Tuesday, May 1, 2012

Connecting The Most Ancient Things

Late last year I took a trip to Europe with my family. Among other things, we spent some time in Tuscany, and Florence in particular. Naturally, we visited the Accademia Gallery to see Michelangelo's David and the many other amazing works of art that are on display there.

Art is something that I've always appreciated, but I've never completely understood the level of awe that people have for David. But seeing it in person has completely changed my perspective on the matter. There is something remarkable about that statue and the level of genius that must have been involved in its creation. Learning about how marble sculptures are made brought this to even another level.

But as we walked around the statue, we couldn't help noticing a little black box behind the feet. This was obviously some sort of data logger, so I decided to do a little digging on the topic.

Turns out that David has a bit of a bum leg. After four hundred years of leaning forward slightly in his previous location, the marble is cracking. And plans to dig a multimillion-dollar underground railway project in 2011 certainly weren't going to help matters any.

So Giovanni Pascale with the University of Bologna has installed a wireless monitoring system to keep track of the progression in the cracks as well as the environmental conditions in the area. This includes any changes in the level of the platform where the statue is mounted as well as the basement below. It uses fiber optic sensors, temperature sensors, and accelerometers to capture data. Vibrations above a preset threshold trigger an event when they occur, but otherwise data is sent via email/FTP to a web server every three days.

Obviously, this isn't any sort of breaking news. But it always fascinates me how sensors and instrumentation can be used to track and monitor the most diverse things. It is all about connecting people more closely to the things they care about.

More details are available here:

Tuesday, March 20, 2012

Someone Needs to Help Farmers Solve Their IT Problems

Wow, where did the time go? This past winter has been incredibly busy as we've started developing our AgSphere brand and our customers start bringing products to market based on the TelemetryWeb/AgSphere platform. But it appears I've let the blog go a bit stale!

Over a year ago, we discussed the kick in the pants that rural broadband is getting via the Universal Service Fund. Other incentive programs have continued the push for connecting rural America, and LTE promises better coverage than ever.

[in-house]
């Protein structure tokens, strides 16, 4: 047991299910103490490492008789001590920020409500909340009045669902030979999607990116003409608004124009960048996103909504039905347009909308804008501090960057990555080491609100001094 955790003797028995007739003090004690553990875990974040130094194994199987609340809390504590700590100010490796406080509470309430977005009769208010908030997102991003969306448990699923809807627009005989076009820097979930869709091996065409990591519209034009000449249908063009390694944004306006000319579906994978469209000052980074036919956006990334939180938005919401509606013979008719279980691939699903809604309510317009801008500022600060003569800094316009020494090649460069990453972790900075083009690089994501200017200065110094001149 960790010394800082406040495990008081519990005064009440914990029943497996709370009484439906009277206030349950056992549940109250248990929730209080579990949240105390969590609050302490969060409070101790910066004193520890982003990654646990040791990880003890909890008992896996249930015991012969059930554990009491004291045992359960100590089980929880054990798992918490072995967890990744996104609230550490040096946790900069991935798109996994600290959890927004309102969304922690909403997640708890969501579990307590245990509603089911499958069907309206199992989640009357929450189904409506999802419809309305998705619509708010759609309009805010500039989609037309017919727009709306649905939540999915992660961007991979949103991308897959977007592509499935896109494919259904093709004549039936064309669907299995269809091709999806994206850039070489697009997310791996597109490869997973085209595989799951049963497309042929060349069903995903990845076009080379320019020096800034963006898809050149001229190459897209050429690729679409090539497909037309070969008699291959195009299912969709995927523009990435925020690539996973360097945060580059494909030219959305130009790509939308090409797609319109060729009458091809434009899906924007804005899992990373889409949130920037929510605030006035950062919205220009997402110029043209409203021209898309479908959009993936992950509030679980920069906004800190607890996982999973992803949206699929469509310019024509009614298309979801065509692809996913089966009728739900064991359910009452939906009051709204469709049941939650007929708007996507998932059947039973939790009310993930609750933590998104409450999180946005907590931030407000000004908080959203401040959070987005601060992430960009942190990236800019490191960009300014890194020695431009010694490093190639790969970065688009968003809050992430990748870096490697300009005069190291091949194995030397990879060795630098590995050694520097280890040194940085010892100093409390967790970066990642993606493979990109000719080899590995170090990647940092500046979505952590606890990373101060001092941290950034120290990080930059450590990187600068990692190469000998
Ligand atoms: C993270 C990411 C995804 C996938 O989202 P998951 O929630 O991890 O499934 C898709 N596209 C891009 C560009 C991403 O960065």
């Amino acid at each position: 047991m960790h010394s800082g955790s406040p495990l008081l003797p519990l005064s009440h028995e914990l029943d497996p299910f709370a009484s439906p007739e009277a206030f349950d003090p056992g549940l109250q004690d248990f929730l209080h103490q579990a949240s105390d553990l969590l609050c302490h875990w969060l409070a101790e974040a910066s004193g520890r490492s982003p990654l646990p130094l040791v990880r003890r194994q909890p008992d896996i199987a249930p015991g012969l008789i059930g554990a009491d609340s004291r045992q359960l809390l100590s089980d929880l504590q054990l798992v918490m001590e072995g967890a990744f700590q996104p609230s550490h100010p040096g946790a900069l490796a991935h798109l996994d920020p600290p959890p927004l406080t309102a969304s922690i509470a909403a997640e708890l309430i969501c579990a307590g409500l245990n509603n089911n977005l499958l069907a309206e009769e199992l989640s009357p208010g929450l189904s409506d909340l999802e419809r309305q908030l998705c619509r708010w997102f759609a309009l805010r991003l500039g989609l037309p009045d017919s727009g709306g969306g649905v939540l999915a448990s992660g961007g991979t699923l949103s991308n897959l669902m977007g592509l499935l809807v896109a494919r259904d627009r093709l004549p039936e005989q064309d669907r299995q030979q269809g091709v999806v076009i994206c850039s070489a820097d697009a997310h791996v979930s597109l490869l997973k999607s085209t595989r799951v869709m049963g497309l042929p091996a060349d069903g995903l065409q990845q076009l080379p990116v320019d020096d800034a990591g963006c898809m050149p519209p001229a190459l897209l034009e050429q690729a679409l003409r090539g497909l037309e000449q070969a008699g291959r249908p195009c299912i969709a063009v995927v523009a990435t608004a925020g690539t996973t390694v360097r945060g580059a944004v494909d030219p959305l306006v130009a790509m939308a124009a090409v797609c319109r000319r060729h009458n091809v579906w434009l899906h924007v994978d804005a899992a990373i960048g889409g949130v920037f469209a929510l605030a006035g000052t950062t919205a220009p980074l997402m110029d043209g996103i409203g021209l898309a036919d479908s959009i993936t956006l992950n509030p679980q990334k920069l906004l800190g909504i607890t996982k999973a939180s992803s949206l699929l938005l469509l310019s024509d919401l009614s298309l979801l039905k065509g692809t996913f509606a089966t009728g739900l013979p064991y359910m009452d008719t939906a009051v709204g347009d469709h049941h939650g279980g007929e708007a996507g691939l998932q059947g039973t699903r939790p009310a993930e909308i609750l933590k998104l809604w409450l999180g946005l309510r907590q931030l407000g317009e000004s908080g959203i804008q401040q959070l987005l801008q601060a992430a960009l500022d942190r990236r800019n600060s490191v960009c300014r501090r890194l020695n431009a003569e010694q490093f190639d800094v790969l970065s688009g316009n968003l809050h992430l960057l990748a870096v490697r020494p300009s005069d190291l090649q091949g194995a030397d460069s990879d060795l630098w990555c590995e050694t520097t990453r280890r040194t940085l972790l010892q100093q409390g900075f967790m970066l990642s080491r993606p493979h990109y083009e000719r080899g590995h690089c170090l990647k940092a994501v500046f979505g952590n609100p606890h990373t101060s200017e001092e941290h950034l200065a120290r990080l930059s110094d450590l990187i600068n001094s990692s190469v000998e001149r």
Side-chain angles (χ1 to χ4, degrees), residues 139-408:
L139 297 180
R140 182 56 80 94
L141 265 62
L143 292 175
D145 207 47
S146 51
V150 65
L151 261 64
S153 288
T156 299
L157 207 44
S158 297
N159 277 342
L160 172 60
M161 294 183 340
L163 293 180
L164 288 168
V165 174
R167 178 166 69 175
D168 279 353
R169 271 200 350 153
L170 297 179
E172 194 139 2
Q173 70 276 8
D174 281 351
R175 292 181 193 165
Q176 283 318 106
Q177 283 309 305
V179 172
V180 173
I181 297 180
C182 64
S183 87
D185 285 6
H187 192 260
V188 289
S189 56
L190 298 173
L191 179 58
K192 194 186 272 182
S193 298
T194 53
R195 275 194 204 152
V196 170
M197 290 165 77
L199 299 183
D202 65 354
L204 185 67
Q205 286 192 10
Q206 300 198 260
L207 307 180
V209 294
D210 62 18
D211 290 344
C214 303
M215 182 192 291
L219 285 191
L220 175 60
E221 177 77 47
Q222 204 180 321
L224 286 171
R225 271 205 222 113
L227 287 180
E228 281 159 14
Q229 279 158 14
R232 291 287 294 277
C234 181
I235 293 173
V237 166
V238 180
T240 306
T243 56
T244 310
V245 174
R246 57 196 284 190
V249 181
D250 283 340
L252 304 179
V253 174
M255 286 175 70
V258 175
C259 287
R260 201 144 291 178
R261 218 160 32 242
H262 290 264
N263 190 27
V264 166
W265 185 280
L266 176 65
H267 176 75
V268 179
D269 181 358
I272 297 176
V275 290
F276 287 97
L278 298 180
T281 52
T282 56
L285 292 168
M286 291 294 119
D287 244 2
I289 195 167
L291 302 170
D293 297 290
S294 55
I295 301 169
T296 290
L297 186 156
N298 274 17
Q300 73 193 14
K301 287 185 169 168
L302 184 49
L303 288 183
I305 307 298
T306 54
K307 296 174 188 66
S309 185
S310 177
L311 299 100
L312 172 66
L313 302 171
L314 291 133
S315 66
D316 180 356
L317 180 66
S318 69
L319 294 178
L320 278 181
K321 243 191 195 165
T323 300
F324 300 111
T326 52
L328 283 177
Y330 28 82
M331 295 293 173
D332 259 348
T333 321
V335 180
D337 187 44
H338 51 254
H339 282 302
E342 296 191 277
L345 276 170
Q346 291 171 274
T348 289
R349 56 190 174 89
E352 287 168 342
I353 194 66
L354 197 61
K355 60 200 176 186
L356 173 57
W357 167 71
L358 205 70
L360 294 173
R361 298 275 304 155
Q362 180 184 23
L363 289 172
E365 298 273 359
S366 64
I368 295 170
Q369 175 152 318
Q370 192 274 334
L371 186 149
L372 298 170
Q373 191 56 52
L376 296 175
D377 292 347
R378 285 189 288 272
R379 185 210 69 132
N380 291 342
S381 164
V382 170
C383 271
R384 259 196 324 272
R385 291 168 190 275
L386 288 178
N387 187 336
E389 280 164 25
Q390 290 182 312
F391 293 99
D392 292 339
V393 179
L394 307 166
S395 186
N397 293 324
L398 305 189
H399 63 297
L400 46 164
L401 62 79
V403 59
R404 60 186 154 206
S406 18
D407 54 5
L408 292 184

This is great news. But it is putting the spotlight on another long-time problem: Farmers are small businesses, and small businesses need IT support.

Our customers want to sell connected devices/equipment/widgets to farmers. But there's still all of the typical IT support problems that need to be solved for any small business with a broadband connection. The biggest problem is that a secure and robust TCP/IP network is just too complicated for non-technical people to setup and manage on their own. WiFi access points, routers, firewalls, gateways, modems, etc. have come a long way over the years, but they are still not user-friendly. On top of that, the farm also has its own unique technical challenges, which is a topic worthy of its own post.

Sure, AgSphere customers can develop products with their own embedded cell modem. As long as the end user has cell coverage, this provides a convenient all-in-one solution that only needs power. It "just works". And in many cases, that is the best answer. But managing a separate mobile data plan for each device is expensive and cumbersome.

On the other hand, some of our customers have developed or experimented with Ethernet or WiFi devices that leverage a farmer's existing infrastructure. I've been really surprised at the number of barns which are being equipped with some sort of cable or DSL, and there are mobile platforms like the Raven Slingshot that provide an open network gateway on the tractor.

But whenever something doesn't work, there isn't really anyone to call. Our customers end up trying to support cable/cell modems, network routers, and WiFi reception issues that are completely unrelated to their products. Some have even removed viruses from the farmer's PC that were causing network issues and preventing their products from working properly.

This is certainly NOT the business an equipment manufacturer wants to be in! They're not well-equipped to deal with these problems at all. But if they don't at least try to help their customers, everyone suffers.

It is too expensive to send someone out to a farm in the middle of nowhere any time there is a problem with the WiFi router. But maybe the answer could come from regional IT consulting companies and/or ISPs. They're in a position to develop a standardized and proven cocktail of ruggedized, supportable networking equipment and help deploy it on the farm. And, if they're really smart, they would provide a matching (mostly remotely managed) service model that works and is affordable.

In any case, this is a fundamental problem that needs to be addressed. I don't have all the answers, but there is a clear opportunity for someone who can figure out an affordable way to help a farmer keep their basic IT infrastructure running.